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Wheat responses to nitrogen and phosphorus application in the semi-arid environment of central Queensland

P.J. Keys, M. Asghar, R.D. Armstrong and P.J. Agius

Qld Dept Primary Industries. PO Box 201, Biloela Qld. 4715
Qld Dept Primary Industries, Locked Mail Bag 6, Emerald Qld. 4720

Summary. Nitrogen (N) application increased wheat. Triticum aestivum cv. Hartog, grain yield (GY) significantly (P<0.05) at 6 of I I sites examined in Central Queensland in 1990; the largest yield increase was 52%. Only at 2 sites, GY responded to P application. Without N fertiliser, grain protein (GP) concentrations were low (range 7.3-10.4%), and N addition improved GP at all the sites but one. The highest GP concentration recorded was 11.7% with 75 kg N/ha. The benefit/cost ratio of using N fertiliser was >1 at 8 sites, including 3 sites where the ratio was >4. This study shows the potential economic benefits of using N fertiliser.


Declining soil fertility in Central Queensland has caused a downward trend in wheat grain protein (GP) concentrations (1). The percentage of Australian Hard (GP 11.5-12.9%) and Prime Hard (GP >13%) wheat downgraded to Australian Standard White (GP <11.5%) steadily increased from 26% in 1986/87 to 65% in 1990/91 for the Central Highlands and from 7% to 63% for the CallideDawson regions (2). Wheat GP concentrations as low as 6% have been recorded in the region.

On recently cleared land, crops rarely respond to fertiliser due to the high fertility status of the soil. After 5-20 years of cropping, grain yield (GY) responses to fertiliser may occur but are uncertain and often uneconomic (4). In soils that have been cultivated for 30 years or more, N and P deficiencies are emerging regularly in the region. On some farms, reduced mineralisation rates for some elements (e.g., N) are insufficient to meet crop demands not only in good rainfall seasons but also under quite dry conditions. In general, N and P deficiencies are masked to a large extent by the low rainfall (3).

In 1990, wheat GY and GP responses to N and P application were investigated in the region. Methods

Eleven sites selected to represent different environments in the region were: Clermont, Capella, Fernlees, Gindie, Orion I, Orion 2, Biloela, Bauhinia Downs, Jambin, Moura and Theodore. Some characteristics of the 6 fertiliser-responsive sites are given in Table I.

Immediately prior to sowing, 4 rates of N (0, 25, 50 and 75 kg N/ha applied as urea) were topdressed, and incorporated into the soil at sowing. An additional treatment consisted of 50 kg N/ha (top dressed) plus 20 kg P/ha (triple superphosphate banded with the seed).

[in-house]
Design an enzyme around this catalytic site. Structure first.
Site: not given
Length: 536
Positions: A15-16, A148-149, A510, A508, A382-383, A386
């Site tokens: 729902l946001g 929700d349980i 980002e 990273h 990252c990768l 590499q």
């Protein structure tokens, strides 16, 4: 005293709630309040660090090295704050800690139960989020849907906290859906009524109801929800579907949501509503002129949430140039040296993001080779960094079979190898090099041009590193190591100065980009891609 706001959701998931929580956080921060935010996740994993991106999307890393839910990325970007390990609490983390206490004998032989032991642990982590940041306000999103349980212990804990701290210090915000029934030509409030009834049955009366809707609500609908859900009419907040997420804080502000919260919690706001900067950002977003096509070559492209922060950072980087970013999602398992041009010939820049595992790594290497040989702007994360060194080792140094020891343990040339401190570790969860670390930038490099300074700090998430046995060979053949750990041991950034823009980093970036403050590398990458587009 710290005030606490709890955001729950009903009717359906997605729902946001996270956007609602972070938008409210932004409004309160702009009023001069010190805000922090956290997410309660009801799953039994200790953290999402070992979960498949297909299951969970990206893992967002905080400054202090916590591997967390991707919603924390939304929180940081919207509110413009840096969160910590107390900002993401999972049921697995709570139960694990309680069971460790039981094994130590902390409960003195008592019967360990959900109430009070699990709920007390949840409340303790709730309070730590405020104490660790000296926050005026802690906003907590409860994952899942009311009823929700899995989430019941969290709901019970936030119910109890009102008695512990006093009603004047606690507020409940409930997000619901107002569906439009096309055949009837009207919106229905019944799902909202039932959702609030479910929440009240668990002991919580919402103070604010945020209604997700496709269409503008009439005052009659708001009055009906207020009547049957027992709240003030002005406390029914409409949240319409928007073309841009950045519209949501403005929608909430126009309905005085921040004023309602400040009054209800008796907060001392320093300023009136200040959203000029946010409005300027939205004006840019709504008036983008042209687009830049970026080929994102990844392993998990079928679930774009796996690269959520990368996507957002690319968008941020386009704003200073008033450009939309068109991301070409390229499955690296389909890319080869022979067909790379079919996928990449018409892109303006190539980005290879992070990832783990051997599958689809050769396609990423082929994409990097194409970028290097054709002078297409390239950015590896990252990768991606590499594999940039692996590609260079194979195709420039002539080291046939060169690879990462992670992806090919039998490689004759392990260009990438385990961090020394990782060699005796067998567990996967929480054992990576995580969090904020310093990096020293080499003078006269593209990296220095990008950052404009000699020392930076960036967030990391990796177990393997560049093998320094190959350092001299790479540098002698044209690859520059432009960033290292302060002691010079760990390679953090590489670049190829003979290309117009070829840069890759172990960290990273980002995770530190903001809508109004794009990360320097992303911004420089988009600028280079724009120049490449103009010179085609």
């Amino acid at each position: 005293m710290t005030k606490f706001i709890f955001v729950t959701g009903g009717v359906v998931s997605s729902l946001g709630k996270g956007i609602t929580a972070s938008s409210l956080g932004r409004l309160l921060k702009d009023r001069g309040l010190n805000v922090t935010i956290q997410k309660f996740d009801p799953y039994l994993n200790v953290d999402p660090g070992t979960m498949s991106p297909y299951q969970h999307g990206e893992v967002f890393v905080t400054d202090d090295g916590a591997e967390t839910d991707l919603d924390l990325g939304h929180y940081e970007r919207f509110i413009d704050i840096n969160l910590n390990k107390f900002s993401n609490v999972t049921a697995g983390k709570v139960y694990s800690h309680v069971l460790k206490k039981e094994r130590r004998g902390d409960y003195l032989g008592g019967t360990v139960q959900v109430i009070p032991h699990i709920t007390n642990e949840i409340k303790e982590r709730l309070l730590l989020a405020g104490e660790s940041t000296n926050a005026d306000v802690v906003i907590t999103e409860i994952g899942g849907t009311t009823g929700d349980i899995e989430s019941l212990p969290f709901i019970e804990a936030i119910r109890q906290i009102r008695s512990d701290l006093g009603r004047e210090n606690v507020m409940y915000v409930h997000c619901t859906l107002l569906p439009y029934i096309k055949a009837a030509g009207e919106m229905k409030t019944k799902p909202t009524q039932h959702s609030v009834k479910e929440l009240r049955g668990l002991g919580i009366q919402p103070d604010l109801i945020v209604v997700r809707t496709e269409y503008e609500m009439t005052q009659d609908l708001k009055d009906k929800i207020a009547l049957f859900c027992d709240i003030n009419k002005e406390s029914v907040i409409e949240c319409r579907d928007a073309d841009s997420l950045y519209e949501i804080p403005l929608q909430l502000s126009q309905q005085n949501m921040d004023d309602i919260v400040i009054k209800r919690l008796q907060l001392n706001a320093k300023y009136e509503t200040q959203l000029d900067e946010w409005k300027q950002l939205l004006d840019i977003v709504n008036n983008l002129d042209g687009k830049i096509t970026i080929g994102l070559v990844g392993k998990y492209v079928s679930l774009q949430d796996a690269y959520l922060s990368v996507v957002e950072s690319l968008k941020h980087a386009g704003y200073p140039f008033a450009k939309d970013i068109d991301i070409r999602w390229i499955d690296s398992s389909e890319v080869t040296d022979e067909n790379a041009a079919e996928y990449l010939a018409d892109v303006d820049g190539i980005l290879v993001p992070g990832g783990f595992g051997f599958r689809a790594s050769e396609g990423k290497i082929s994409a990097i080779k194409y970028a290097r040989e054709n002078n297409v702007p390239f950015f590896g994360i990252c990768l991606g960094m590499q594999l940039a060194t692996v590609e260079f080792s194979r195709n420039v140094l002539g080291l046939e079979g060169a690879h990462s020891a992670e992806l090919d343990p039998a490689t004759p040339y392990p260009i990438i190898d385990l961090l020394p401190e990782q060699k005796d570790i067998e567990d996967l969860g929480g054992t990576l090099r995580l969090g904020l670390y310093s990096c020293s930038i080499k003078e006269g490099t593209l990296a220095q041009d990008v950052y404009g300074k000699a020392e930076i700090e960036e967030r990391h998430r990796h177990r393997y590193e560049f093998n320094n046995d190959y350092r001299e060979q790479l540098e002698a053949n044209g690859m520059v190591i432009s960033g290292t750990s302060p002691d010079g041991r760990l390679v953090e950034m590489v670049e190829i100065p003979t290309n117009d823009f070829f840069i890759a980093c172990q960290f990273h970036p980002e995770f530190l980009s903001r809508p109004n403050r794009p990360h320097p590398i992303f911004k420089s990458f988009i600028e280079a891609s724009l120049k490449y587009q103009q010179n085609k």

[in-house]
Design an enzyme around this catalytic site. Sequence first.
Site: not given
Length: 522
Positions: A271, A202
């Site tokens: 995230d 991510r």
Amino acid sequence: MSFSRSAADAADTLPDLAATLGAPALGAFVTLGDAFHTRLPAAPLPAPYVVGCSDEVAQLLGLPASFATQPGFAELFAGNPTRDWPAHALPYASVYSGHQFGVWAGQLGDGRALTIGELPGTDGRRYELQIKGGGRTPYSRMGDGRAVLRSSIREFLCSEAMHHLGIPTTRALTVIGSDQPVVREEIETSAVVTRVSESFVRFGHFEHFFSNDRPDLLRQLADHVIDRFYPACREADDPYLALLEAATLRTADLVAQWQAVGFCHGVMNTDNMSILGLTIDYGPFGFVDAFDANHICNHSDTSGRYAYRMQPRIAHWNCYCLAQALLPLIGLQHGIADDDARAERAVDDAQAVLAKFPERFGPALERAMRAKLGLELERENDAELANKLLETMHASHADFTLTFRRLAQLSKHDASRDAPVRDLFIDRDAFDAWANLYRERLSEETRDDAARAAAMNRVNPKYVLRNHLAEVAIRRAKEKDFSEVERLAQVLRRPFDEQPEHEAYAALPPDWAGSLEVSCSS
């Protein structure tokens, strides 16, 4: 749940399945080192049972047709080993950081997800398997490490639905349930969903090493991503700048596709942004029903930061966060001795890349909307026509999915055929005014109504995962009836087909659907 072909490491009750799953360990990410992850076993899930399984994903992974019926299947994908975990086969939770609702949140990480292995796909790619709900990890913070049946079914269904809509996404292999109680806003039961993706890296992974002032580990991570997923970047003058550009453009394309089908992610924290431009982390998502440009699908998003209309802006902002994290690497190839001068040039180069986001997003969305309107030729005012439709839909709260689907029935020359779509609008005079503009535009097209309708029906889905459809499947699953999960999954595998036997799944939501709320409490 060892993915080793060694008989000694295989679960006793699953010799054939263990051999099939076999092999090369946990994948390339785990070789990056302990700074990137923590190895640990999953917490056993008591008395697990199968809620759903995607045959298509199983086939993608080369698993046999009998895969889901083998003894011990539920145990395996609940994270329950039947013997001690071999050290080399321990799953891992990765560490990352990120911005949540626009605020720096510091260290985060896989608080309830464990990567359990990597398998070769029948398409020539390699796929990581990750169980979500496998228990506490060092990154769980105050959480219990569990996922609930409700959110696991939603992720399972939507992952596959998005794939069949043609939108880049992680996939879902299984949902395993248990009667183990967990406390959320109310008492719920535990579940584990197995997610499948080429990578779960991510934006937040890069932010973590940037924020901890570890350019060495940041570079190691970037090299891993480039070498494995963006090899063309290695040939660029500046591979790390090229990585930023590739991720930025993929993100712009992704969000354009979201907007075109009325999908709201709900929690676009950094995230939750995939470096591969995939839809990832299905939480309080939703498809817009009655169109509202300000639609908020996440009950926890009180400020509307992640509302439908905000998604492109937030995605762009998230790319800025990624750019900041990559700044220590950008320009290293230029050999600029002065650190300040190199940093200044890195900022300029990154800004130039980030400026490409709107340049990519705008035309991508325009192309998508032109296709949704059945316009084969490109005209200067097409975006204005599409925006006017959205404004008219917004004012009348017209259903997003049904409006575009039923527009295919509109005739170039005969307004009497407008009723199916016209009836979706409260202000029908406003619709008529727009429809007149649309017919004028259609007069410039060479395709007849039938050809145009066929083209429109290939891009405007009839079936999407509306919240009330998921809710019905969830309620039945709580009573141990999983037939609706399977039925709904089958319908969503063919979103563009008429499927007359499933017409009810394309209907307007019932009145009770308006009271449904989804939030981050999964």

Hartog wheat was sown at all the sites on a full profile of water between mid April to early June 1990. Plots were 13x1.61 m, comprising 7 rows which were 23 cm apart, with 4 replications. Plant density was close to 100 plants/m2. Most sites received moderate (e.g., 37 mm at Capella) to good (>70 mm) follow up rain within 4 weeks of sowing wheat. However, Jambin received no effective rainfall (only 14 mm) during crop growth. The Biloela trial was irrigated close to anthesis. At maturity, GY was measured from the middle 5 rows, each 10 m long, by using a mechanical harvester.


At 6 of the II sites, N application increased wheat GY significantly (Table 2; only responsive sites are shown). At 3 sites (Theodore, Biloela and Jambin) where wheat did not respond to N fertiliser, no effective rainfall had fallen within 6 weeks of planting.

At Capella, Femlees, Gindie and Clermont, the highest increases in GY due to N application were 52%, 49%, 43% and 19%, respectively (Table 2). The corresponding soil NO3-N levels were 27, 30, 31 and 39 kg/ha (Table 1). For the 6 responsive sites, GY and GP were positively affected by soil N fertility. At 4 of those sites, GY tended to plateau at 50 kg N/ha rate; at Gindie responses may have occurred at rates >75 kg N/ha.

Table 1. Characteristics of six trial sites; composition of 0-10 cm layer.

GP concentrations were low at all the sites. The highest GP recorded was 11.7% at Clermont with 75 kg N/ha (Table 2). GP concentrations <8% were recorded at Capella and Femlees. N application increased GP at all the sites except Theodore. N removal in grain ranged between 30 and 100 kg/ha (Table 2).